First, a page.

Dir: Michael Booth
Starring: Carol Roach, Joseph Curdy, Natalie Danks-Smith, Corin Barnett-Curdy
Made for a paltry £250 in 2011 this stylish little Brit Horror manages to rise above its budget and become much more than the sum of its parts. Shot initially in colour but converted to monochrome as director Michael Booth felt that it better suited the films atmosphere, it draws favourable comparison to David Lynch’s bizarre but brilliant Eraserhead, and whilst it may not quite match that films ‘classic’ status it does make a good fist of it and stands as a hell of an achievement for all involved.
The story follows a young couple, Claire and Ethan, living in the English countryside. Expecting their first child they seem happy despite tensions that begin to arise over a possible wedding in America with Ethan’s family. But their lives are soon shattered when Claire suffers a belated miscarriage. Unable to deal with the reality of what has happened to her she begins to alienate her boyfriend and those around her. As she becomes more and more isolated her mind becomes more and more twisted and her changes and emotions begin to manifest themselves in ever more unpleasant and shocking ways.
The title (Kuru) seems to refer to a rare neurological disease that affected tribes in Papua New Guinea during the 1950’s that was allegedly passed via funerary cannibalism. It is an interesting choice of title and its relevance is open to debate, it does however play into the films ambiguous nature and offers a hint of things to come. Weaving a complex emotional landscape and dealing with some very hard hitting themes, Kuru is a rather unique take on the Vampire myth. Watching Claire gradually succumb to the pain inside her and its eventual physical manifestations is genuinely affecting and the director creates an intelligent visual backdrop filled with possible hints and ideas as to what is going on.
The story is structured with a mixture of present day action and bizarre flashbacks that offer insight into the decaying state of Claire’s mind and suggestions about her motivations. This method adds to the surreal, nightmarish atmosphere the film tries to create, and like the afore mentioned Eraserhead, it spins a disturbing, yet touching web of ideas and director Michael Booth shows a deft and sometimes subtle hand.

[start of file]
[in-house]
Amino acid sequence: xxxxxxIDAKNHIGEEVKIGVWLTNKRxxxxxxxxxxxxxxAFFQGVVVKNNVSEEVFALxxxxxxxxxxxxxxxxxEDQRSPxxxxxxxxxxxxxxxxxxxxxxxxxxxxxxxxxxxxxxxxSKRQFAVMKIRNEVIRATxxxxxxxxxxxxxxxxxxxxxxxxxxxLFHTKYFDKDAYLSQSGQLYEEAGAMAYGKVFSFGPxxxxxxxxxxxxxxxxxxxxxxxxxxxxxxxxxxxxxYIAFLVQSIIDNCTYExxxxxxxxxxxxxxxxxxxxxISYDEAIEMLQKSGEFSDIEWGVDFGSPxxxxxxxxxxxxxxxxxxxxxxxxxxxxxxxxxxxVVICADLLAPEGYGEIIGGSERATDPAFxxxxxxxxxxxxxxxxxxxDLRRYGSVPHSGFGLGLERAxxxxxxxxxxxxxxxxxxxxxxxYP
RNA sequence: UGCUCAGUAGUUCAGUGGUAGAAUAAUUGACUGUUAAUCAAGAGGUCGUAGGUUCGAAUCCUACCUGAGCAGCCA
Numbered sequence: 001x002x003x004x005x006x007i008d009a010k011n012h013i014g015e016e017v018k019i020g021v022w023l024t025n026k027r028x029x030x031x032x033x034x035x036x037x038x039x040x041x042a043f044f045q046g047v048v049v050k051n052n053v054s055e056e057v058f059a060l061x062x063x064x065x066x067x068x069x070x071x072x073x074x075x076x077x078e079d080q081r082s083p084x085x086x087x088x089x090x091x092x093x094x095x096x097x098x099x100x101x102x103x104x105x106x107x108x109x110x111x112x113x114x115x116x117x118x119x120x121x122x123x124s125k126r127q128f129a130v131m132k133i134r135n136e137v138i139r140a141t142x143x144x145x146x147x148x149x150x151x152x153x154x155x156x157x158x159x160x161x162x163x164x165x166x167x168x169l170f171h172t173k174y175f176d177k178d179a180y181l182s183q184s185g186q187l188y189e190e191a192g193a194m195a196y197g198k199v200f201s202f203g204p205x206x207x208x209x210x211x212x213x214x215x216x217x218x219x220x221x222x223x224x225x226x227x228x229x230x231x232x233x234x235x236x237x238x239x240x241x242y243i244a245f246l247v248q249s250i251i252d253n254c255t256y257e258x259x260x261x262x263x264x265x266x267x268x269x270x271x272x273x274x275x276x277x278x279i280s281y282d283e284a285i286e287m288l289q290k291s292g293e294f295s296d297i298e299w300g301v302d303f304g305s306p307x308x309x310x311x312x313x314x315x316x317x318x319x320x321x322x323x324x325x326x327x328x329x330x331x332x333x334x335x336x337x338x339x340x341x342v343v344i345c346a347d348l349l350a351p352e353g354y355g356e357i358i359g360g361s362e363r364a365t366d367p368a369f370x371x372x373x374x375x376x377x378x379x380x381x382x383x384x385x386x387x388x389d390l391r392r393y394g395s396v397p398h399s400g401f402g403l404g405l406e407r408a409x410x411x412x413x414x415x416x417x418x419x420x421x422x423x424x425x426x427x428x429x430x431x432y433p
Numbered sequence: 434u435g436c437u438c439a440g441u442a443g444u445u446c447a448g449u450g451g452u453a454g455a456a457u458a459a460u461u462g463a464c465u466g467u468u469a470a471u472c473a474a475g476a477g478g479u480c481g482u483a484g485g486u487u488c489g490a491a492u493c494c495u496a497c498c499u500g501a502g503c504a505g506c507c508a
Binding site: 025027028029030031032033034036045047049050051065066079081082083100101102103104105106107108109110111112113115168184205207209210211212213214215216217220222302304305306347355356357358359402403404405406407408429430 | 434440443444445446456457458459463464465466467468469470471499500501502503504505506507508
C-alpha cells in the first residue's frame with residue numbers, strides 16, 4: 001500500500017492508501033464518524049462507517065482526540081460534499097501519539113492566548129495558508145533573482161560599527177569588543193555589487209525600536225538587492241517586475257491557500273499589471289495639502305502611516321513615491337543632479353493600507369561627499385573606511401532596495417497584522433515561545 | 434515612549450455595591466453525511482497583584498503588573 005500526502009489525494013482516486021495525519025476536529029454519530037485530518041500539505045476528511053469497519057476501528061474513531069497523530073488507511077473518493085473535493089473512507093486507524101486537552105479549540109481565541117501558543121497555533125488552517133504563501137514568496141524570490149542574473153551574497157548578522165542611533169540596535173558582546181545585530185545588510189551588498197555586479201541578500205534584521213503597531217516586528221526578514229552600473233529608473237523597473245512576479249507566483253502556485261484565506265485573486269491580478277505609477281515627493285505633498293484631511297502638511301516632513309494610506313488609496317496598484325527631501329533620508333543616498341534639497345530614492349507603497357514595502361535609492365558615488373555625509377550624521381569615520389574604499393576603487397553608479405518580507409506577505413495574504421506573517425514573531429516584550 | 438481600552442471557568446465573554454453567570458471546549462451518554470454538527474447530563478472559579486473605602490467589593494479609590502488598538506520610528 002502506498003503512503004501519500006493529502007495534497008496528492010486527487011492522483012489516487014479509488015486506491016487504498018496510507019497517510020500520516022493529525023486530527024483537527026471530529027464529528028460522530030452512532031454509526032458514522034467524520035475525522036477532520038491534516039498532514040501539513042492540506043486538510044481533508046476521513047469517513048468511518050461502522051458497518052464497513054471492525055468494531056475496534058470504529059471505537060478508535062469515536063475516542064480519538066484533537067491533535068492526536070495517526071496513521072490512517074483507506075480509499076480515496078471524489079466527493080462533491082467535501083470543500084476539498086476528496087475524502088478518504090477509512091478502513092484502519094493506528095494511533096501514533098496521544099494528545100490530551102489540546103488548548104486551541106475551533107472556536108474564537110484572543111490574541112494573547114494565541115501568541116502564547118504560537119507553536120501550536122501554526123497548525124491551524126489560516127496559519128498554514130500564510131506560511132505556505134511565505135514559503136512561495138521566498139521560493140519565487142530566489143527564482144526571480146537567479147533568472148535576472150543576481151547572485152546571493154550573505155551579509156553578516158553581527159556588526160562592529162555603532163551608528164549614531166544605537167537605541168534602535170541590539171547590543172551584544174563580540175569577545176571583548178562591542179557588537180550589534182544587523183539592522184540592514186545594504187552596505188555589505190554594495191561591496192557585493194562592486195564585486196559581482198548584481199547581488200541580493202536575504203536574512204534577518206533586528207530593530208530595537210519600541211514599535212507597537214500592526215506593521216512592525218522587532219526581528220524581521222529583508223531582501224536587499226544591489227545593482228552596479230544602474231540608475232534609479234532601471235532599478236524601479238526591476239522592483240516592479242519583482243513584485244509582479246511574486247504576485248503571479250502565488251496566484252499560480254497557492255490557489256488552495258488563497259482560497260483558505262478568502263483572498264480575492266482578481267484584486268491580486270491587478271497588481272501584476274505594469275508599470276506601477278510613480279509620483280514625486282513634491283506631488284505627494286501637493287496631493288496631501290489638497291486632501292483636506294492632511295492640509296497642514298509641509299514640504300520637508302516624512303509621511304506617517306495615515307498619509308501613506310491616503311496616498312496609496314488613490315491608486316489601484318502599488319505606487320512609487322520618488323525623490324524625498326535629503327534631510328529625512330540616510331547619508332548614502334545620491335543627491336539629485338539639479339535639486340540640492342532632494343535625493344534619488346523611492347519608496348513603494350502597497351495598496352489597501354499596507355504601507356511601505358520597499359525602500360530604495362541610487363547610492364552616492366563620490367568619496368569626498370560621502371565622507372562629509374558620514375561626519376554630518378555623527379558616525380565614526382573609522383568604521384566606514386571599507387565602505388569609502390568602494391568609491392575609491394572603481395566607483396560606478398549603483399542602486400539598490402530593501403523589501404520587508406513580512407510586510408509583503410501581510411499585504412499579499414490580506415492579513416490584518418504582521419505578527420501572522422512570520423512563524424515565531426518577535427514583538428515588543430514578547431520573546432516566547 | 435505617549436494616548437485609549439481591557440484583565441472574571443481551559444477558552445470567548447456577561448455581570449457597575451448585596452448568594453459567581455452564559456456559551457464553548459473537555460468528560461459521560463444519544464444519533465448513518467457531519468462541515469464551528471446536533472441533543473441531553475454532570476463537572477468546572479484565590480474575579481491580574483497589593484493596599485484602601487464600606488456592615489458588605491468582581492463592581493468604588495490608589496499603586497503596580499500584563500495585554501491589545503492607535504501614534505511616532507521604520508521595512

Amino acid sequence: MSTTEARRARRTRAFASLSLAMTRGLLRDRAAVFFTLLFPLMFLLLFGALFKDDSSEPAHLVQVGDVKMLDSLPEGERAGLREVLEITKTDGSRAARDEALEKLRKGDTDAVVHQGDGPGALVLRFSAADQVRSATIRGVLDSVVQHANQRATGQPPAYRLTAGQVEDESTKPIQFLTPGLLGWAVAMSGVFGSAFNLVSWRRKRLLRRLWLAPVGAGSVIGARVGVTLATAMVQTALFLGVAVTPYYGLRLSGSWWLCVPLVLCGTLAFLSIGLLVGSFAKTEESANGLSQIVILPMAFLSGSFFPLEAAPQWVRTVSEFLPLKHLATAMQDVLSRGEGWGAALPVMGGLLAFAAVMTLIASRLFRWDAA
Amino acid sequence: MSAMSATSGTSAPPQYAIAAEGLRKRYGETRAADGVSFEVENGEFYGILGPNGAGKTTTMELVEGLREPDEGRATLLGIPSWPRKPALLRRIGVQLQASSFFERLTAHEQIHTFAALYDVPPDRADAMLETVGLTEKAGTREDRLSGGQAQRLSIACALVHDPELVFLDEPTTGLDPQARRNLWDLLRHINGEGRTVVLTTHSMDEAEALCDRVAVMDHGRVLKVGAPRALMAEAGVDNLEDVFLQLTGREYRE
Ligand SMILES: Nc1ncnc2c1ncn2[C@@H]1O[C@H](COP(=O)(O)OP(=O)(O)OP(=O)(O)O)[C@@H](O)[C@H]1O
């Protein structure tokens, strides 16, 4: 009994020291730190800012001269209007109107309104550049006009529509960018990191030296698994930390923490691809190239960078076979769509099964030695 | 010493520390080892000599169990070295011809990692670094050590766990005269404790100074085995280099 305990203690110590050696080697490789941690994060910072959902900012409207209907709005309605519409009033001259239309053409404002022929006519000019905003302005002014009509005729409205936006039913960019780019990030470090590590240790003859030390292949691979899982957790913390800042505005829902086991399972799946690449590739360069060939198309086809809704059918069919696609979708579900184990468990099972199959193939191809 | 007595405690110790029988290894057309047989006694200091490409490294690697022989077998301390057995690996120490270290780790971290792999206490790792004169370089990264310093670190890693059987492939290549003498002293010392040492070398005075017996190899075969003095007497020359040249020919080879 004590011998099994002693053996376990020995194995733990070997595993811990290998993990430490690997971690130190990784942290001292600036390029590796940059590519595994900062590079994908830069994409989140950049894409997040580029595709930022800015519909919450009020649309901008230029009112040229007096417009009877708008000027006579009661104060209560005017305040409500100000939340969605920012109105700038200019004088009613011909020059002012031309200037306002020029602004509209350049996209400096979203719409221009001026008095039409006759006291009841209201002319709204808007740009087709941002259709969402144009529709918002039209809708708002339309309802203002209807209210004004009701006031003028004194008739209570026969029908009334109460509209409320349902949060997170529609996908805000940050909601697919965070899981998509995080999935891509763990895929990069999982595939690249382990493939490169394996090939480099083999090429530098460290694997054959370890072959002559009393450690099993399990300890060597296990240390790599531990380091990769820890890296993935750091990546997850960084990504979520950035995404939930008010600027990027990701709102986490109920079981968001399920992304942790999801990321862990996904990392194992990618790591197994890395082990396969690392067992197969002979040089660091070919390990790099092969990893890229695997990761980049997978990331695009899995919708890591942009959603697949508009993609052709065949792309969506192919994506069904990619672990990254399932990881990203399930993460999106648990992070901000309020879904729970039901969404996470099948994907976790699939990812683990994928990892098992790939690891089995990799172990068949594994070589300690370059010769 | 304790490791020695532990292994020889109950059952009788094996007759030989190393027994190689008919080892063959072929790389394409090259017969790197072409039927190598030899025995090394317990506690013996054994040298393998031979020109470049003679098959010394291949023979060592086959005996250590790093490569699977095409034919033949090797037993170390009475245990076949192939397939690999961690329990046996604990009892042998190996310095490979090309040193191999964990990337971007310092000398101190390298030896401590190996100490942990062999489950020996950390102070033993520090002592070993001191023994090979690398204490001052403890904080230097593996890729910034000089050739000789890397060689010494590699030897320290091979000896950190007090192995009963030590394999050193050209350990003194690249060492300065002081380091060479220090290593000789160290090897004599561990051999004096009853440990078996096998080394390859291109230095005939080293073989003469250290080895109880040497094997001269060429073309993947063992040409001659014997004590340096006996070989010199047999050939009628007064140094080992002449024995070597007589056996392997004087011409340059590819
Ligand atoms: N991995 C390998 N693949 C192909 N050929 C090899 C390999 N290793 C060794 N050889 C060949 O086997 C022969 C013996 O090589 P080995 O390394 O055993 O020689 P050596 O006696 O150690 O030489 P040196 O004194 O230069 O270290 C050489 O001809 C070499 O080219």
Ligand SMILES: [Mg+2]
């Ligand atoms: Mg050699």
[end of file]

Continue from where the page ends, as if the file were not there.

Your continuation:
The performers here are excellent. Both Carol Roach and Joseph Curdy give the film an emotional grounding and are thoroughly believable as people whose relationships are collapsing around a shared tragedy. Roach in particular is good making the tragedy seem all the more potent as she comes face to face with the dark inside her. The scene in which the miscarriage first happens is utterly devastating and will rattle even the most hardened of viewers. It captures the moment with an intense simplicity that sets the tone for what is come.
Where the film sadly falters is in its pacing and its desire to stretch its central idea into a feature length film. Around the mid-section it begins to sag a little and it introduces unnecessary sub plots and characters that seem to serve no other purpose than extending the running time. Particularly problematic are the Jehovah’s Witnesses that knock on Claire’s door and become unwitting victims of her new found cannibalistic tendencies. Not only are they irrelevant in the wider meaning of things, but they also exhibit a stupidity that is completely at odds with the rest of the films creepy intelligence. Thankfully it isn’t enough to completely derail the film, and it manages to stay on track, but it does feel like padding and could easily have done without it.
Technically brilliant Kuru feels like a much bigger film than it is. Its ideas are bold and its execution is assured showing once again that the British film industry is sitting on a hell of a talent pool. In the last few months I have seen more than enough to convince me of the superior flair that our home grown talent possesses. Kuru is disturbing, yet quietly mournful at the same time mixing Lynchian weirdness with the more traditional feel of great British horror. The film may have its imperfections but it is none the less an astounding achievement and deserves to be seen.
NOTE: As I have been writing this the film seems to have gone through a title change. It now appears to be under the less intriguing but more succinct title of ‘Claire’ and I have been informed will be hitting the festival circuits soon. Keep a look out and support UK independent horror.